Adding CPU power does not usually solve the problem. It's been stated that development of the algorithms in the past 50 years has done more for speeding up computations than increasing raw power in the same time. And according to Moore's Law raw power had increased millions of times during that period.

Here is a list of optimization tricks I've used, in no particular order:

Everything is cached, at few levels.

Every computed track is stored in a database as numerical data, and reused for subsequent display at different zoom levels. Few boats in the same position will also share the data - this works only at the start.

The rendered png files are also stored in disk cache and served as static content if needed.

Carefully adjusted HTTP expiration headers switch the caching from server to client, further reducing CPU and bandwidth, and make the interactive response really smooth for the wind animation.

Some part of the work is done with client-side javascript - turning friends on and of and the wind display.

But not too much client-side javascript, as it tends to become sluggish at some point, as with the google maps api. Also no standard js libraries like prototype or jquery. They make the life of the developer easier at the price of slower performance. The code is self-contained in one 1000-line file.

Fast and light HHTP server. Apache tends to eat a lot of memory and CPU, and is not the best choice for loaded sites. I have used lighttpd, but there are other alternatives too.

The performance problem during Leg 7, described in the About page was caused partly by lack of locking of the chart data. When everyone hit the reload button at 11:02 the site did not respond for some time, and then everyone wold hit reload again, adding new tasks to process. Adding some locking logic that prevents the same data being processed twice and that helped the response time to acceptable 20-30 seconds even during peak time.
Post by iconPost by zezo | 2009-06-09 | 15:33:23

I'd estimate that the above mentioned tricks reduce the processing and bandwidth demands of the site at least 10 times, maybe even more.

That makes big difference, as cost is brought down from something like 10000 to below 1000 EUR and makes it possible for me to run it as free service whithout external funding.

Organizations don't usually think that way. They pay EUR 20000, because that is nothing, compared to the total budget.

I hope that someone will find this article interesting or at least educating. I've left out many details, so feel free to ask additional questions.
Post by iconPost by Vigilante | 2009-06-09 | 17:24:30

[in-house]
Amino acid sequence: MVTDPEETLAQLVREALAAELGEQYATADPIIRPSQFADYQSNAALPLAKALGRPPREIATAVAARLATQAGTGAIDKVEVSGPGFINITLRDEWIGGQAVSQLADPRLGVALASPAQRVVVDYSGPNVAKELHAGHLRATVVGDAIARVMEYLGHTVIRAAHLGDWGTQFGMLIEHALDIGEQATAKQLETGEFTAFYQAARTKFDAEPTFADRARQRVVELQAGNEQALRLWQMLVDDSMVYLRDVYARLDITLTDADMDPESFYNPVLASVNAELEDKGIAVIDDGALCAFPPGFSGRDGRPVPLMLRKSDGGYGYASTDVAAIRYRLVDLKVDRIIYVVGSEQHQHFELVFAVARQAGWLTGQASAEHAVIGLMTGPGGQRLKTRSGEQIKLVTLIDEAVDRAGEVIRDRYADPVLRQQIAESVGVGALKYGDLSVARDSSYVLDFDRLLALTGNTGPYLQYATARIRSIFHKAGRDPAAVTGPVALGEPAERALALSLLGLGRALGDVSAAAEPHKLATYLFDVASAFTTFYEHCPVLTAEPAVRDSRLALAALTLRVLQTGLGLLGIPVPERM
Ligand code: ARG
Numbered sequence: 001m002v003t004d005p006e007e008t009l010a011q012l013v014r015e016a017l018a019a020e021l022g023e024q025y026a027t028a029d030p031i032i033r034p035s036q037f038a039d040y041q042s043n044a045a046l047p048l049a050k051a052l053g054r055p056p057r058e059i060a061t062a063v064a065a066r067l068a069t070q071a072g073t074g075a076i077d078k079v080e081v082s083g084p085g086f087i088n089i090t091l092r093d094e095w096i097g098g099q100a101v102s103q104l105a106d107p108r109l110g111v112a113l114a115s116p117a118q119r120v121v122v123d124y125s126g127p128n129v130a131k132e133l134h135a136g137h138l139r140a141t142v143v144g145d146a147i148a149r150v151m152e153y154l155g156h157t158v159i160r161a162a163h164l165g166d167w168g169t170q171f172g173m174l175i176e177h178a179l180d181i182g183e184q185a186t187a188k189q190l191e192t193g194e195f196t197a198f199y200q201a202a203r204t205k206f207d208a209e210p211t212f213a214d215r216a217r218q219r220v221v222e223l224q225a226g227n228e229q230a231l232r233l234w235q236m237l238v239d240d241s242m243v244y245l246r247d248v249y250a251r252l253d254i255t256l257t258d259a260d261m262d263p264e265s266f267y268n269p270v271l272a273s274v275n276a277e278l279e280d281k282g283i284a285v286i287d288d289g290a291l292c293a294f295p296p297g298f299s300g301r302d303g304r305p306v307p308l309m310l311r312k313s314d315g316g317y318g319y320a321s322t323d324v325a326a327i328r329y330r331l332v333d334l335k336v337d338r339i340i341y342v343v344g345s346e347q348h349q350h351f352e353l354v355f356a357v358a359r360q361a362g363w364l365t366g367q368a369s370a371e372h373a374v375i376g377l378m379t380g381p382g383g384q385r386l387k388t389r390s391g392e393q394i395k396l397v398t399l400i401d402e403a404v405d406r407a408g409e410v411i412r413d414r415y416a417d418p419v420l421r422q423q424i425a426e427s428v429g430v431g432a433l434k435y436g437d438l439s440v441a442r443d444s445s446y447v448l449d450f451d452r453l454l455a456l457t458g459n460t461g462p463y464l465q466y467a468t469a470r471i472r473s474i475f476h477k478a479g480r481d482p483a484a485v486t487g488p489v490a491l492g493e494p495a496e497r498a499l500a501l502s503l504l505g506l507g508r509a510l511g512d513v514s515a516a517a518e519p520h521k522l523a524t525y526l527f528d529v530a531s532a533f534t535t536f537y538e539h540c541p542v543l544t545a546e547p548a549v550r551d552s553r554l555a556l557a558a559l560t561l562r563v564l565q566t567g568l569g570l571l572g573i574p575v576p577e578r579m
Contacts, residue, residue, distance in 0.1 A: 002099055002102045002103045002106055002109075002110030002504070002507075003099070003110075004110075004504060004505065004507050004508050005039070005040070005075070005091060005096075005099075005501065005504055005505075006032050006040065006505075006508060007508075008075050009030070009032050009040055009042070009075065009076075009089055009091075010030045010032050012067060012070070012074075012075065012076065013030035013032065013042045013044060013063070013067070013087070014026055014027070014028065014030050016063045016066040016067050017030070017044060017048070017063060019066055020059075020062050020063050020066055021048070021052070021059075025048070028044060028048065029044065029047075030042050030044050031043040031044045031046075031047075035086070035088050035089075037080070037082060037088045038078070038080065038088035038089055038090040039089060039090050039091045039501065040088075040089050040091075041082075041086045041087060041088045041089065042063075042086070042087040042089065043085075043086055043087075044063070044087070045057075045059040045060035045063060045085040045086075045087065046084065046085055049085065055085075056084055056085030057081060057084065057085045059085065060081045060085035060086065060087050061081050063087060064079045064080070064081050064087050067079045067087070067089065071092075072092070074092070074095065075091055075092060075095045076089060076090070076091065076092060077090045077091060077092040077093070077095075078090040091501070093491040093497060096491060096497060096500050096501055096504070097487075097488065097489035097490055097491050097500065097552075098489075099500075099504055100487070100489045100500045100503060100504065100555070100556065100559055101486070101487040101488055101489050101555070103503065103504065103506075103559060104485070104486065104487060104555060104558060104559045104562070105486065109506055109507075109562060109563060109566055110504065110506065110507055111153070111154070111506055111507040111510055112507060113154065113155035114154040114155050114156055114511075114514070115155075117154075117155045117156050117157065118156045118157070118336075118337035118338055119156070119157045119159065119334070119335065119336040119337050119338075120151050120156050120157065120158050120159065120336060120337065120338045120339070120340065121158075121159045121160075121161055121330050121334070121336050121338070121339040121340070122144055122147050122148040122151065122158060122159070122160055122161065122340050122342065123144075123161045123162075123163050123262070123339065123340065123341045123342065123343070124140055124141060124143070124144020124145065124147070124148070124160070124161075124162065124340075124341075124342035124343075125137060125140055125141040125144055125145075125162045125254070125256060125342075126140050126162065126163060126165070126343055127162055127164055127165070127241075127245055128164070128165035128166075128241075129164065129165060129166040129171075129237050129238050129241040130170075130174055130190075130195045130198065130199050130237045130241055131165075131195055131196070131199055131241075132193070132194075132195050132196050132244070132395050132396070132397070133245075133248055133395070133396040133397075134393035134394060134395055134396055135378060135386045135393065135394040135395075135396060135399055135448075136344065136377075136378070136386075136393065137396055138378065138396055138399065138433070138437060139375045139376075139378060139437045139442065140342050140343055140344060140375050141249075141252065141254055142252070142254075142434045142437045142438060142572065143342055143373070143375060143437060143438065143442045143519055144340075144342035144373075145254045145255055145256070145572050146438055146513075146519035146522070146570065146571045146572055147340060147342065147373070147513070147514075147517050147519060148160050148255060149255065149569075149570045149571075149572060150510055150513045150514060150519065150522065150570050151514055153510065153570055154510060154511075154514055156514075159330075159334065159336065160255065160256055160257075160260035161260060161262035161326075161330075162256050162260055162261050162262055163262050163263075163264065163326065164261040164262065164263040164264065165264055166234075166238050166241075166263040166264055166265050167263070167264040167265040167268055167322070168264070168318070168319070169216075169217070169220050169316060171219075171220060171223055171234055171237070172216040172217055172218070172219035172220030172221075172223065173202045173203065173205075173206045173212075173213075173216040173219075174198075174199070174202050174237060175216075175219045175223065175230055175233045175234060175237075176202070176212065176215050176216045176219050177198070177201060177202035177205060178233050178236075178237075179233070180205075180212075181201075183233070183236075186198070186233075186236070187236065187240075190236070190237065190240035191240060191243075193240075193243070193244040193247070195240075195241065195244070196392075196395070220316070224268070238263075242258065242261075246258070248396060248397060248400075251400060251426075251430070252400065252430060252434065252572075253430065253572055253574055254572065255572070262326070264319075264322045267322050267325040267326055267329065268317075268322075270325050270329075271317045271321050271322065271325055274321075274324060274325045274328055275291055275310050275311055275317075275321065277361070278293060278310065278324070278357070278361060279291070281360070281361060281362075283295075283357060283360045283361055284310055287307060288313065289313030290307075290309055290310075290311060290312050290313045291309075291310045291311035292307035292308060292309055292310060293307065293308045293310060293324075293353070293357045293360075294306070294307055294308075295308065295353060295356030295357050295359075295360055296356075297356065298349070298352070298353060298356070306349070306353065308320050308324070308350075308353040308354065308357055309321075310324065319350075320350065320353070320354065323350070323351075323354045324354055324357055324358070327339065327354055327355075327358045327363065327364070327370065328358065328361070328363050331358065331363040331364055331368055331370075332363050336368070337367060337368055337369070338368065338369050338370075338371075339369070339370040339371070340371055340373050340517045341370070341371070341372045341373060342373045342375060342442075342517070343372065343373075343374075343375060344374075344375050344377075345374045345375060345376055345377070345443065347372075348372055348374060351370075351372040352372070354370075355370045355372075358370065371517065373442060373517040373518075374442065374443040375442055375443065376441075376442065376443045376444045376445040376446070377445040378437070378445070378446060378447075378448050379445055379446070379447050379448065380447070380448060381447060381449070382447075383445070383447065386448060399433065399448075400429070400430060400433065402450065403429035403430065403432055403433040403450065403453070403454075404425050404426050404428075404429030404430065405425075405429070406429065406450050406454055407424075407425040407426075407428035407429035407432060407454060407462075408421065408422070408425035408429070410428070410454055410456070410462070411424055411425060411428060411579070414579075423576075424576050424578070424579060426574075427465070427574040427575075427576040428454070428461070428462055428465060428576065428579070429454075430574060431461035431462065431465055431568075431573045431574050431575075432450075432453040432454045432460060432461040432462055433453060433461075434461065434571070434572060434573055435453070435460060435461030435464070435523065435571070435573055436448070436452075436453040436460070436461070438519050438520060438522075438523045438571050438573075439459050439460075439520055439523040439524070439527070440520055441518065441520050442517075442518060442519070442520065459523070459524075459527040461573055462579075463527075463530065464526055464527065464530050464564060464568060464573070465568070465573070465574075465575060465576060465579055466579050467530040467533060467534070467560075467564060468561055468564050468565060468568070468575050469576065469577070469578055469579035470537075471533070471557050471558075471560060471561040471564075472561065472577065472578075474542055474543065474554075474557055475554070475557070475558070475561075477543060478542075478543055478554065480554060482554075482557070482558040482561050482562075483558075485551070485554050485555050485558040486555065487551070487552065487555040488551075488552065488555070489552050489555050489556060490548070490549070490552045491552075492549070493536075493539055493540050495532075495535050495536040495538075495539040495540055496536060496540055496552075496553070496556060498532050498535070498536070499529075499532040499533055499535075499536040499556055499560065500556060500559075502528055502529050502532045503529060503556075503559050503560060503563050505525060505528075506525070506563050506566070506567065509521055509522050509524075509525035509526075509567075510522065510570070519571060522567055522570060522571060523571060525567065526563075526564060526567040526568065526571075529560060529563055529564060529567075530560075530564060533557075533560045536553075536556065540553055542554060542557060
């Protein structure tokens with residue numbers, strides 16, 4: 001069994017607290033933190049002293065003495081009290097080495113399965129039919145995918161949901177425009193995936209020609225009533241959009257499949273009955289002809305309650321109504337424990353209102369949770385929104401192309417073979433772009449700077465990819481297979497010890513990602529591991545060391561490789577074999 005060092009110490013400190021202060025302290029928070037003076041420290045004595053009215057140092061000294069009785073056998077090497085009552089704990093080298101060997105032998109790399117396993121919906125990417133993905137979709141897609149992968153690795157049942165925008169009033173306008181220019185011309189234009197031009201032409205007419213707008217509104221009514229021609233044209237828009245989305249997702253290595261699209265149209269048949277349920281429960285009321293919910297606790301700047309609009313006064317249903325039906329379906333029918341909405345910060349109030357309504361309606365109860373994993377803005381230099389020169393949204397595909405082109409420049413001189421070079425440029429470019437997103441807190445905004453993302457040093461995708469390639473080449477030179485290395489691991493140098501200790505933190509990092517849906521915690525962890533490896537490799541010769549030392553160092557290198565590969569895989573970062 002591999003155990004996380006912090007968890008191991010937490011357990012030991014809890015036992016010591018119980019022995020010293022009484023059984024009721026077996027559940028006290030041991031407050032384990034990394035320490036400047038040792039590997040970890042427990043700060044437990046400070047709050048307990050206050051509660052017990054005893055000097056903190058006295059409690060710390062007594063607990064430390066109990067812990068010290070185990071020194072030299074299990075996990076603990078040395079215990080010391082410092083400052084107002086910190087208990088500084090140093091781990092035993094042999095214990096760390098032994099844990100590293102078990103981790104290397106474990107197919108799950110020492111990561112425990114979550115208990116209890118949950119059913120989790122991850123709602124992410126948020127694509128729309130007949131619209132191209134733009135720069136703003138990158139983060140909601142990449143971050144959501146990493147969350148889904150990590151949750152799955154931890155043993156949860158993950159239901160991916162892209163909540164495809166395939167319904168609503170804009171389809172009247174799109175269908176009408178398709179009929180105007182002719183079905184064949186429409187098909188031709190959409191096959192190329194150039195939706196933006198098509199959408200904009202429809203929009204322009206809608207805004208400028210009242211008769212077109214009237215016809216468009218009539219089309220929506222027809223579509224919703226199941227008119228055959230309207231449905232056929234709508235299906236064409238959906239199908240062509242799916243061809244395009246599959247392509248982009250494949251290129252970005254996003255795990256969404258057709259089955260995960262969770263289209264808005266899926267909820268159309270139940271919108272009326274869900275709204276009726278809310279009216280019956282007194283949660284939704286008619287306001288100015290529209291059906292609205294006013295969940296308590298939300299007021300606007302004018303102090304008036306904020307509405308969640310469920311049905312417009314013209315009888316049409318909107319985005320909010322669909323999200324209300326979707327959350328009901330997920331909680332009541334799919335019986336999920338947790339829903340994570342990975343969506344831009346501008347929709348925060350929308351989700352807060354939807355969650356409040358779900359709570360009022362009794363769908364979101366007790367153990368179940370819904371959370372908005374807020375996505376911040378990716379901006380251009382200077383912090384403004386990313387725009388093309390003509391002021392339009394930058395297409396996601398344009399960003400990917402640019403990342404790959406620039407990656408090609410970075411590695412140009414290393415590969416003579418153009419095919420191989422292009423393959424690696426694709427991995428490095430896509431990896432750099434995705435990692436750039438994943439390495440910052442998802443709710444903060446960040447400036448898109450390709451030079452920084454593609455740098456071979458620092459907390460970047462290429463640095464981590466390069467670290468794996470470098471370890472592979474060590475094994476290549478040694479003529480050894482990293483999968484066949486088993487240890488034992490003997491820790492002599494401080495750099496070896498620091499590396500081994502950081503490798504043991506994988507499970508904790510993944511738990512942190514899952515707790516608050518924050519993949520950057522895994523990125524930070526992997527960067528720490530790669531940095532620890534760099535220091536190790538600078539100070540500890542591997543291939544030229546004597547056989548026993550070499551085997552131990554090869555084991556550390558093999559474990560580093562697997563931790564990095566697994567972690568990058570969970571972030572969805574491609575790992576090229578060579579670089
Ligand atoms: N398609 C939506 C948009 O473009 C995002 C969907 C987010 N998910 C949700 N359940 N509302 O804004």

I have read all with awe.....!
Post by iconPost by 63_Buri | 2009-06-10 | 00:25:26
Great write-up. Makes me long back to the days of limited memory on the Apple IIe and the 6502. Love your optimization efforts. If you ever need a reference in the English speaking world - let me know. :)
Post by iconPost by Vigilante | 2009-06-10 | 04:01:01
Apple IIe? That was ours, too! Our 2nd was a Dec Rainbow which ran both CP/M and MS-Dos.
Post by iconPost by Frankfurt | 2010-01-27 | 01:41:46
I only found this topic now. You really did a tremendous job, Cvetan. I love your tool.
Post by iconPost by BigHorn | 2010-02-02 | 22:41:15
I loved this story. Thanks Cvetan
Post by iconPost by fab | 2011-11-10 | 23:57:07
Great (Old) Post.

I've got a few questions Cvetan.

How can you reduce the problem to "only" 5*10^6 positions / 24H ?

what rule do you use for selecting n "best point" at each step ? (Closest from target ? )
what rule do you use for selecting direction at each step ? (VMG Max UP/DOWN, BS MAX, VMC MAX )

The performance of your work is really impressive.

PS : Thx for the tip of using sse_mathfun.
Post by iconPost by Cags | 2011-12-17 | 17:39:24
Hey fab, I had similar questions. I'm not answering for Cvetan here, but here's how I solved the problem. Each iteration produces a new set of positions at each point on the compass. At each iteration, a set of best points is chosen for the next iteration. These are the furthest away from the start position and essentially construct the isochrone. There are many points not as far away which need to be removed from the next step which keeps the sample space small. Programatically, I have an array which keeps tabs on the distance from source at each point on the compass rose. It is only the final iteration which gives the optimum point (closest to the destination) and all other points are retrieved backwards from there. Like you I would like to know how zezo approached the problem but this one worked for me. As it happens, the results are remarkably similar to zezo in the short term but it has most definately pushed me north on leg 2.
Post by iconPost by fab | 2011-12-31 | 01:02:35
Hi Cags, I solved the problem in a similar way. I've another question which Land/Water mask do you use ?
I use the Nasa Land mask (1' resolution) found here: but zezo said that he converted it to an object staticaly linked with the executable. It seems that the bitmap is really huge, have you a tip for reduce the memory footprint and keep good performances ?
Post by iconPost by zezo | 2012-01-04 | 14:29:32
I use the same approach for reducing the points as described. It works fairly well most of the time, but needs some tuning. The main problem is running long forecasts with small steps - at some point the step becomes smaller than the linear size of a 1-degree sector and the track can't change sectors, which is crucial for the algorithm to work. It's also a problem with weak winds far away, because they reduce the distance traveled in one step. But it's not a bad tradeoff in the end.

I keep the chart as 1-bit array, which is the most compact representation for a raster image, and the check is really fast (it's performed in the inner loop). This is for 2' grid, 7-megabyte image:

bit = round(30*lon) + 360*30*round(30*(90 - lat));
return ground_bin[bit/8] & (0x80 >> (bit%8));